172. Memorandum From Elbert G. Mathews of the Policy Planning Staff to the Deputy Under Secretary of State for Economic Affairs (Dillon)1


  • Aid for India
Economic Prospect. Two inter-agency groups have reviewed the Indian problem within the last few months. They both reached essentially the same conclusions:
India is embarked on an effective and promising development effort.
There is a significant gap between the resources available to India and those required to carry forward this effort.
Failing an increase in these resources, India will be required to cut back on development activity even more drastically than it has done to date.
Political Prospect. Personnel recently with the Embassy in Delhi judge that failure of present development programs could be reflected, in the 1961 elections, in Communist gains in Bengal and Bombay provinces comparable to those which installed a Communist government in the province of Kerala in the last election. This could spur a trend toward other types of extremism, disorder, and regional separatism, such as we now see in Indonesia. It is not difficult to imagine how, in the long run, such a situation would pave the way for a Communist accession to power in the sub-continent.
Measures Under Consideration. The measures that are now under consideration in relation to the Indian problem are not adequate to close the gap described in paragraph 1:
IBRD loans of about $100 million annually, which were taken into account in computing the gap.
Development Fund loans of about $60–$70 million in FY 1958, or $10–$20 million more a year than was assumed in computing this gap.
PL 480 sales, which are badly needed to prevent the gap from enlarging but which will not diminish it.
A proposal to convert the Indian wheat loan to a local currency basis if the IBRD would thus make a firm commitment to lend India about $125 million more than would otherwise be the case. This measure, in which Mr. Bowie had taken strong interest, seems promising in that it could—if the IBRD would make the additional loan—actually reduce the calculated gap. It would not [Page 368] solve the Indian problem, but would give us time in which to address other measures to that problem.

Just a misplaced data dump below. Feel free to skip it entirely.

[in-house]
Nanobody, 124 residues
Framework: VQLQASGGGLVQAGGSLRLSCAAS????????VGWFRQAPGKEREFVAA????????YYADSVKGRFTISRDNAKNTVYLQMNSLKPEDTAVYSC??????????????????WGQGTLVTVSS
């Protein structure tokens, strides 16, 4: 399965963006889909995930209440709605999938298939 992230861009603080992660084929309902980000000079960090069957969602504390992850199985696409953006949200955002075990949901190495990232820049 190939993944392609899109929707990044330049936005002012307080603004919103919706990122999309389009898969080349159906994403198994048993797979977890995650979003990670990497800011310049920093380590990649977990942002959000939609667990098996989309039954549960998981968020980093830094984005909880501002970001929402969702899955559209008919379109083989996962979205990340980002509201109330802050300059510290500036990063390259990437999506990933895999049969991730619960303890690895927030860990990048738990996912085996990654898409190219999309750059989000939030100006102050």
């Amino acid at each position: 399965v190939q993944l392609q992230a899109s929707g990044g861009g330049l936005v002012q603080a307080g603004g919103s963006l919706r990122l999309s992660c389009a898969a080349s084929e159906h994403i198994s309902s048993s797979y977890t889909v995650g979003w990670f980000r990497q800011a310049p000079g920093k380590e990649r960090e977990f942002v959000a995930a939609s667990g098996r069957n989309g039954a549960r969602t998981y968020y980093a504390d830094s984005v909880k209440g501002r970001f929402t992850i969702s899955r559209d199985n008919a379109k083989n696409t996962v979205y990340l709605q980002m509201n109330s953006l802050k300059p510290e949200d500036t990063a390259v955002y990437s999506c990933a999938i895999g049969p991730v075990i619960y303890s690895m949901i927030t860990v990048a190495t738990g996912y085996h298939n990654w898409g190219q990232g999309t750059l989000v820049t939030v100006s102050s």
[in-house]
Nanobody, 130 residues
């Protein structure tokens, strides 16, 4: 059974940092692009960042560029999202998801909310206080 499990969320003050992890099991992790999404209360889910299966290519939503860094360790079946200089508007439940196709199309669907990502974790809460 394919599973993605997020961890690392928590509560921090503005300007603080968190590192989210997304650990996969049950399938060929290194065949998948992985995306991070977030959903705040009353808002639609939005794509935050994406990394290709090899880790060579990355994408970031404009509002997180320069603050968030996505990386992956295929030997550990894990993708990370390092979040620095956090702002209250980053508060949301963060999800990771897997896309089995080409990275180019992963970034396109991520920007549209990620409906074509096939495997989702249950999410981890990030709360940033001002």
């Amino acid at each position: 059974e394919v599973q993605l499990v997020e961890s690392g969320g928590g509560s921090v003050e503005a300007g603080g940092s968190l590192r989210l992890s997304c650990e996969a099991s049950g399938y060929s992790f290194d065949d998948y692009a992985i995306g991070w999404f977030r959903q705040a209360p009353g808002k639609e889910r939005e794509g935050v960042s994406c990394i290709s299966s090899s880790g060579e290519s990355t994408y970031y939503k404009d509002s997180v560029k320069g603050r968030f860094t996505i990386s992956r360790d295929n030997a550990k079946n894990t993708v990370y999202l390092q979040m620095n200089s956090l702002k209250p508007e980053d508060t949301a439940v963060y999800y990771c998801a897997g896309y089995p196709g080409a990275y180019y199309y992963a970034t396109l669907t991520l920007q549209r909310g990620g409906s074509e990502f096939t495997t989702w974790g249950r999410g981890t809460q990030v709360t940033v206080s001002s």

Additional Executive Branch Measures. There are certain additional measures which are not now under active consideration and which might be taken without Congressional action:
We could hasten the use of part of the approximate $90 million which is left over in the Asia Regional Fund to meet Indian needs.
We could try to settle the Japanese GARIOA debt (around $500 million spread out in annual payments over a long period) on the basis of a US decision—such as proposed by Embassy Tokyo—to use the proceeds for financing of development projects in southern Asia.
We could try to secure the consent of industrial countries whose currencies we hold, or will secure, as a result of PL 480 sales, to make a part of such currencies available to India on a loan basis. The potential here is probably limited.
There is, at least theoretically, the possibility of an EXIM Bank loan to India. The IBRD has indicated, however, that such a loan would diminish the Bank’s activity in India proportionately unless it were made in support of new US private investment. Whether this difficulty could be overcome through any practicable means is uncertain.
Additional Congressional Measures. The most promising measures are probably those which would call for Congressional action:
We could try to restore the Development Fund to its original size, so that it could meet—as we once intended that it should—a large part of the Indian need. If we can show a clear excess of sound applications over Fund resources by February, we might ask for both a supplemental FY 1958 appropriation and an increase in the $625 million authorized for the Fund in FY 1959. This latter increase might be achieved through a larger appropriation, borrowing authority, or use by the Fund of the approximate $300 million in dollar non-EXIM Bank loan repayments which accrue to the US annually.
We could ask for a special Congressional loan to India.
Recommendation. I would suggest that you call together the same ENEAS/P working group which studied the Indian wheat loan conversion problem and ask it to evaluate—together with H—each of the measures listed above, as a matter of urgency. This would be in line with the statement in your letter of July 15 to Mr. Randall2 that “to provide the basis for a request (concerning a long-term loan to India) at the next session of Congress, if it should be decided to make such a request, the Department of State intends to undertake necessary preparatory studies”. Such a study would permit the [Page 369] Department to make a deliberate choice between its present course and some expanded program of aid to India.
  1. Source: Department of State, Central Files, 791.5–MSP/9–1157. Official Use Only.
  2. See Document 169.